NOAA CORAL REEF ASSESSMENT AND MONITORING DATABASE AVAILABLE ONLINE
Dec. 15, 2006 — The NOAA Center for Coastal Monitoring and Assessment is now providing public access to new digital photographs from six years of coral reef field studies. The online Coral Reef Ecosystem Database, developed and managed by the NOAA National Centers for Coastal Ocean Science, provides access to images of coral reef species and habitats, which were taken during studies in Puerto Rico and the U.S. Virgin Islands. (Click NOAA image for larger view of Blackbar Soldier fish in La Parguera, Puerto Rico, which was taken from the NOAA Coral Reef Ecosystem Database. Click here for high resolution version. Please credit “NOAA.”)
Funded by the NOAA Coral Reef Conservation Program, the online database facilitates a variety of coral reef research, management and educational opportunities. More than a thousand new digital images were added to the searchable database providing high resolution digital photographs of fish, hard and soft corals, hydroids, sea grass, sponges, and other invertebrates, vertebrates and algae, which can be directly downloaded via the Internet.
“These new photographs are an additional component to a larger database providing public access to fish and habitat data for the Caribbean, and are the result of long-term research activities that have been conducted jointly with our federal, territorial and academic partners,” said Tom McGrath, database developer for NOAA Center for Coastal Monitoring and Assessment. “NOAA is hopeful others in research and reef management, and the public at large will enjoy the benefits of such an expansive visual display of our nation’s off-shore habitats.” (Click NOAA image for larger view of Elkhorn Coral in La Parguera, Puerto Rico, which was taken from the NOAA Coral Reef Ecosystem Database. Click here for high resolution version. Please credit “NOAA.”)
Coral reefs are some of the most biologically rich and economically valuable ecosystems on Earth. Corals contribute to the food supply, jobs and income, coastal protection and other important services to billions of people worldwide. Yet they are threatened by an increasing array of impacts from overexploitation, pollution, habitat loss, invasive species, diseases, bleaching and global climate change.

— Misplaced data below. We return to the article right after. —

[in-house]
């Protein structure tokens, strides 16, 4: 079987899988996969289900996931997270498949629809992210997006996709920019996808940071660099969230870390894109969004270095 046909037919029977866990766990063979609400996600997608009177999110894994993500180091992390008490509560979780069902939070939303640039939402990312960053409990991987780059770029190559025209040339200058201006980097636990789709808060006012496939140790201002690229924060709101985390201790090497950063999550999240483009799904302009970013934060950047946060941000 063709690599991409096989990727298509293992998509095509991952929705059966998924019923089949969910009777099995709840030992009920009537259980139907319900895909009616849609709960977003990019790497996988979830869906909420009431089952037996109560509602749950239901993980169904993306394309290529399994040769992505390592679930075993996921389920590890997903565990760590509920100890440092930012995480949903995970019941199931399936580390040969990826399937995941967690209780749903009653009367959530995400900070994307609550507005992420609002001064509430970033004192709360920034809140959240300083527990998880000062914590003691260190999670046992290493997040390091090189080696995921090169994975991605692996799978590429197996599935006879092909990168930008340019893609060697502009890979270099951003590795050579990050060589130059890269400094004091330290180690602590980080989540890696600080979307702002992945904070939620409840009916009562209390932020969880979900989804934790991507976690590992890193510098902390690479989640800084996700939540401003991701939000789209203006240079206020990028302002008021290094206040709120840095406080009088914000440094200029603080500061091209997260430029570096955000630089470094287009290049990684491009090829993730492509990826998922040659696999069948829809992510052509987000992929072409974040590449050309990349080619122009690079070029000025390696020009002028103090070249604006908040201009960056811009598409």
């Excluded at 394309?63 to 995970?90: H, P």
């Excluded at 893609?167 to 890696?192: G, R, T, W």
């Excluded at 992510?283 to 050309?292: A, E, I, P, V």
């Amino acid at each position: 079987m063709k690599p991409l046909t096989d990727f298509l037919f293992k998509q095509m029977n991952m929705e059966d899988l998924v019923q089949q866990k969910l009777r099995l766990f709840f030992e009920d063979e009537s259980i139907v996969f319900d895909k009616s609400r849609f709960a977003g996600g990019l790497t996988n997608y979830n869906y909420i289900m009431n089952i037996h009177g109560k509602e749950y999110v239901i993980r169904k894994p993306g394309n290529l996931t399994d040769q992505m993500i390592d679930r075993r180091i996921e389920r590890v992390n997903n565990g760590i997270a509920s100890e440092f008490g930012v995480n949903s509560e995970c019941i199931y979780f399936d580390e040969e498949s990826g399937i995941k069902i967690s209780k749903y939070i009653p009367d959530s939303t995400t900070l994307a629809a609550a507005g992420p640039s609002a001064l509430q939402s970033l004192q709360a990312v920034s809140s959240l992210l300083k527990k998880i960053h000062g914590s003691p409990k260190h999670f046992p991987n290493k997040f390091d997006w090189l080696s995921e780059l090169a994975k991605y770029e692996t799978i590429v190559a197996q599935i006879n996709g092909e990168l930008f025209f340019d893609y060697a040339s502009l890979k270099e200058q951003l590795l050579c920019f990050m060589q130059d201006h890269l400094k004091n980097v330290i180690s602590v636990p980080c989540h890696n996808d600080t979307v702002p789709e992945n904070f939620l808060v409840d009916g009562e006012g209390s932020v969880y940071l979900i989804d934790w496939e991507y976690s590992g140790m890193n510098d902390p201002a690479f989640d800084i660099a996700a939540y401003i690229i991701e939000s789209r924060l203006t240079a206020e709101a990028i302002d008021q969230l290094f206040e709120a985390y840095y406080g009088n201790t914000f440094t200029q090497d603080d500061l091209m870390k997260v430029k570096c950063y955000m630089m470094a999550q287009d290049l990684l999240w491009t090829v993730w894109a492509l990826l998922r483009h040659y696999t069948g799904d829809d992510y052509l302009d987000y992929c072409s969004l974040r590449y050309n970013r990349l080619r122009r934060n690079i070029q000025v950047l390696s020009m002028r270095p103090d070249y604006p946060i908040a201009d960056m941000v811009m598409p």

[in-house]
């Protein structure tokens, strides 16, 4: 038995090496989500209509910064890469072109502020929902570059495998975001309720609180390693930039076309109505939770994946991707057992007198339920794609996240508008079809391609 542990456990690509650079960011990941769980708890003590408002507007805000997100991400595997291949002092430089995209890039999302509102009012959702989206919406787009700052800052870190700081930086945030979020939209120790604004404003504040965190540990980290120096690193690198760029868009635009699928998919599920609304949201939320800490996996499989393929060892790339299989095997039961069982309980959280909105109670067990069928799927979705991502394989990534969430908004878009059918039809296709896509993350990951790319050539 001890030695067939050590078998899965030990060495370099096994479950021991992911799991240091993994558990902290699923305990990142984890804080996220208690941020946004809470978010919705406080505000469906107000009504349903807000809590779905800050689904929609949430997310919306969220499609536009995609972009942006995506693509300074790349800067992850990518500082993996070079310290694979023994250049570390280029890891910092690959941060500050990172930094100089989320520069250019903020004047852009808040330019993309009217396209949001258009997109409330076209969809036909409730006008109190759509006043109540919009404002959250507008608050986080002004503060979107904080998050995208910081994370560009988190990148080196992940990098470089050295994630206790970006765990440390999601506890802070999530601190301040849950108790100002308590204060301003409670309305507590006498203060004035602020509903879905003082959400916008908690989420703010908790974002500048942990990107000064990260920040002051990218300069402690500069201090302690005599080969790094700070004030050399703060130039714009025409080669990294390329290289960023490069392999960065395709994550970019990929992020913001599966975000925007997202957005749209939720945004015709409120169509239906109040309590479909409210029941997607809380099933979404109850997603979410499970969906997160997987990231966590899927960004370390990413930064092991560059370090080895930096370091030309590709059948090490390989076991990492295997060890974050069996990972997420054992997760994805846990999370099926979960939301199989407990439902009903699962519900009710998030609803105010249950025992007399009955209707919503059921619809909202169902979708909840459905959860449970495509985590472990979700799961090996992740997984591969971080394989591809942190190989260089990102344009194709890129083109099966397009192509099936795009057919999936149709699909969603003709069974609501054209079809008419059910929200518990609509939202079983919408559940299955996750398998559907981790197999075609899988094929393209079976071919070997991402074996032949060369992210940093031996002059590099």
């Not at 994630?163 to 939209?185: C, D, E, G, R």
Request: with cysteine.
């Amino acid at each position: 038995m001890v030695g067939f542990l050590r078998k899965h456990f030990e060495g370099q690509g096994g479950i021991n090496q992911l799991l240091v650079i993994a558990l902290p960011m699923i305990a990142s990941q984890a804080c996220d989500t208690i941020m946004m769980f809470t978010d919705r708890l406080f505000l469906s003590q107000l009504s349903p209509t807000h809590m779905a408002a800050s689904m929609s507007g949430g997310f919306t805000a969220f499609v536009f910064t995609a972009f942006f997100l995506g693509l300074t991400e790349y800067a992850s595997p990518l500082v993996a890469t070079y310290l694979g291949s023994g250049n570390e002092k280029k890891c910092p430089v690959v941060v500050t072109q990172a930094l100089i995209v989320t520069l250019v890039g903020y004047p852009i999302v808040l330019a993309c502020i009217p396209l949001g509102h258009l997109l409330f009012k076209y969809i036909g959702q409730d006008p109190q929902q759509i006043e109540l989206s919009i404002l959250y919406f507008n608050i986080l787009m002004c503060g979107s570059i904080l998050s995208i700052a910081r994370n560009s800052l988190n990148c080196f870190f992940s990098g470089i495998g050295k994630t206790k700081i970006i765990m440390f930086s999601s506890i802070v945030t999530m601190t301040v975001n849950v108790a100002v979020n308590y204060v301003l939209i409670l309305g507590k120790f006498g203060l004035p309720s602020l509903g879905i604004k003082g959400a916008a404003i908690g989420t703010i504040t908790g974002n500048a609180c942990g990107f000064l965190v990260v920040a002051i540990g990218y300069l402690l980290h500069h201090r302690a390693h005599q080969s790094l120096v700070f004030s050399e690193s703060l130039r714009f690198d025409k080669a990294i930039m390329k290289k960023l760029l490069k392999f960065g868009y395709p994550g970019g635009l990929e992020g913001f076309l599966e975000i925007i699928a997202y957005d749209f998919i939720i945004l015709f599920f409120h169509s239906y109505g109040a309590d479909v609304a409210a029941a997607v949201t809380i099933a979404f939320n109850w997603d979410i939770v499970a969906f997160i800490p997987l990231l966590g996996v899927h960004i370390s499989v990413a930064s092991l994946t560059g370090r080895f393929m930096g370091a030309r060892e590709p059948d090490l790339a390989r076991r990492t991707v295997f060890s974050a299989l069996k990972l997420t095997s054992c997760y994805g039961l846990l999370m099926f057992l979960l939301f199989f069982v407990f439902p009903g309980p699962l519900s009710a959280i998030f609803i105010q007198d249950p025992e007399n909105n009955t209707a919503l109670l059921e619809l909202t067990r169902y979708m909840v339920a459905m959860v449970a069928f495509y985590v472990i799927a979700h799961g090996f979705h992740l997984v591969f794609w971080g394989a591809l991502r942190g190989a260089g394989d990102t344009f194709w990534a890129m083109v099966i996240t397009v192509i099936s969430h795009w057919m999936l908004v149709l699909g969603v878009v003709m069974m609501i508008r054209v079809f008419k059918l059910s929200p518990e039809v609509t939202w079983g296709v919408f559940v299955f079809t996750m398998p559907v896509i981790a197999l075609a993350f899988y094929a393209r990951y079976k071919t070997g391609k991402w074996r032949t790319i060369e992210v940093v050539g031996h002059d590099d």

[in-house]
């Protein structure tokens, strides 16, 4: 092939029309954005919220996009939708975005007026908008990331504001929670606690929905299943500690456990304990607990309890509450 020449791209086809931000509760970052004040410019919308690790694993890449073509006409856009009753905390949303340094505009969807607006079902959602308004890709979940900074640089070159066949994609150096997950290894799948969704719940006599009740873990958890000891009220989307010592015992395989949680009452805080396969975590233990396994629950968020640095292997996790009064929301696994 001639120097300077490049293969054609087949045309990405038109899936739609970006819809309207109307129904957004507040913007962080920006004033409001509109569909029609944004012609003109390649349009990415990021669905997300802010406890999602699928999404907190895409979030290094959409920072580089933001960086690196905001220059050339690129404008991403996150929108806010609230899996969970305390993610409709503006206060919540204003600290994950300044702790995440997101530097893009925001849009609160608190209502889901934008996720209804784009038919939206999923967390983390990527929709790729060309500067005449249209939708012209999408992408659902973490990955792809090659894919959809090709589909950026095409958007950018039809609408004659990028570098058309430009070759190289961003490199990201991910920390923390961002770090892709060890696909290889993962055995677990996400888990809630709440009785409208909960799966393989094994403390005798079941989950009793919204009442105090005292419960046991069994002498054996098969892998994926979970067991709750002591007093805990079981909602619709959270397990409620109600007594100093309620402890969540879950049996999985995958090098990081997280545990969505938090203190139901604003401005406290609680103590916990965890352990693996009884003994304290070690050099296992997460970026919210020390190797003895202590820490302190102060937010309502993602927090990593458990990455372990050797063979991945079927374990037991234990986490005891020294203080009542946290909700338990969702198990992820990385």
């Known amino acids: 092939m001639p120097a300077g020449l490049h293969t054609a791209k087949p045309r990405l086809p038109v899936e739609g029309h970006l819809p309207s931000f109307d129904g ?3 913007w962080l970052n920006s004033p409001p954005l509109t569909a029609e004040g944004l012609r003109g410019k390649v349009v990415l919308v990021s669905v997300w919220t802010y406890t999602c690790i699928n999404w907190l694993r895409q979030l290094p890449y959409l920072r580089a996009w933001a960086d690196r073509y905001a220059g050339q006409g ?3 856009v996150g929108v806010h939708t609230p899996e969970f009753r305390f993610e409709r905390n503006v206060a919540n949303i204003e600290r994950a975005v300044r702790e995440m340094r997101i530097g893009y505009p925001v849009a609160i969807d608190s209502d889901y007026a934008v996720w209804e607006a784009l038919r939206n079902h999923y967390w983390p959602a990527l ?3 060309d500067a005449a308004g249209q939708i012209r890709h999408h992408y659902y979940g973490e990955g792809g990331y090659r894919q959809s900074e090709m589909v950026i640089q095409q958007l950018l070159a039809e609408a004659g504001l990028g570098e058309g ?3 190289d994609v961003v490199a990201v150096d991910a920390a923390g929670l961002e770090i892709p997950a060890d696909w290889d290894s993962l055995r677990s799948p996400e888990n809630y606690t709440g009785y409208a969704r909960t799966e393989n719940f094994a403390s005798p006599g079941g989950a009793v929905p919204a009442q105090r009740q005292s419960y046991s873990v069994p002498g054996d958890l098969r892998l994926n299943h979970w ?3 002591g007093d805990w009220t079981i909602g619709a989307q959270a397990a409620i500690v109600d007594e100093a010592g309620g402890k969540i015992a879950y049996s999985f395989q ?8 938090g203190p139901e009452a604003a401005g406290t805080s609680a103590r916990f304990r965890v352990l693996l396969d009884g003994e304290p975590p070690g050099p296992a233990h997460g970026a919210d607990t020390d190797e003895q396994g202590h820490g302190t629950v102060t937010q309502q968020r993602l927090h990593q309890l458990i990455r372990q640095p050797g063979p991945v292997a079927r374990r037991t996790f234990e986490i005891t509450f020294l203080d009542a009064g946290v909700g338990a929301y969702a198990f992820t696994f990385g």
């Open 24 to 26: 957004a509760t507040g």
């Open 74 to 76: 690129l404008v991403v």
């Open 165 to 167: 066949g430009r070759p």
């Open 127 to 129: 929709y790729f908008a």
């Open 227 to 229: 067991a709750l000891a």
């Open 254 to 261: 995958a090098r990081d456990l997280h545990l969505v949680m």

Rapid decline and loss of these valuable, ancient and complex marine ecosystems have significant social, economic and environmental consequences in the United States and around the world. As a principal steward of the nation's marine resources, NOAA helps coastal communities, managers, scientists and other partners to understand and sustainably manage coral reef ecosystems. (Click NOAA image for larger view of Green Moray in La Parguera, Puerto Rico, which was taken from the NOAA Coral Reef Ecosystem Database. Click here for high resolution version. Please credit “NOAA.”)
In 2007 NOAA, an agency of the U.S. Commerce Department, celebrates 200 years of science and service to the nation. Starting with the establishment of the U.S. Coast and Geodetic Survey in 1807 by Thomas Jefferson much of America's scientific heritage is rooted in NOAA. The agency is dedicated to enhancing economic security and national safety through the prediction and research of weather and climate-related events and information service delivery for transportation, and by providing environmental stewardship of the nation's coastal and marine resources. Through the emerging Global Earth Observation System of Systems (GEOSS), NOAA is working with its federal partners, more than 60 countries and the European Commission to develop a global monitoring network that is as integrated as the planet it observes, predicts and protects.
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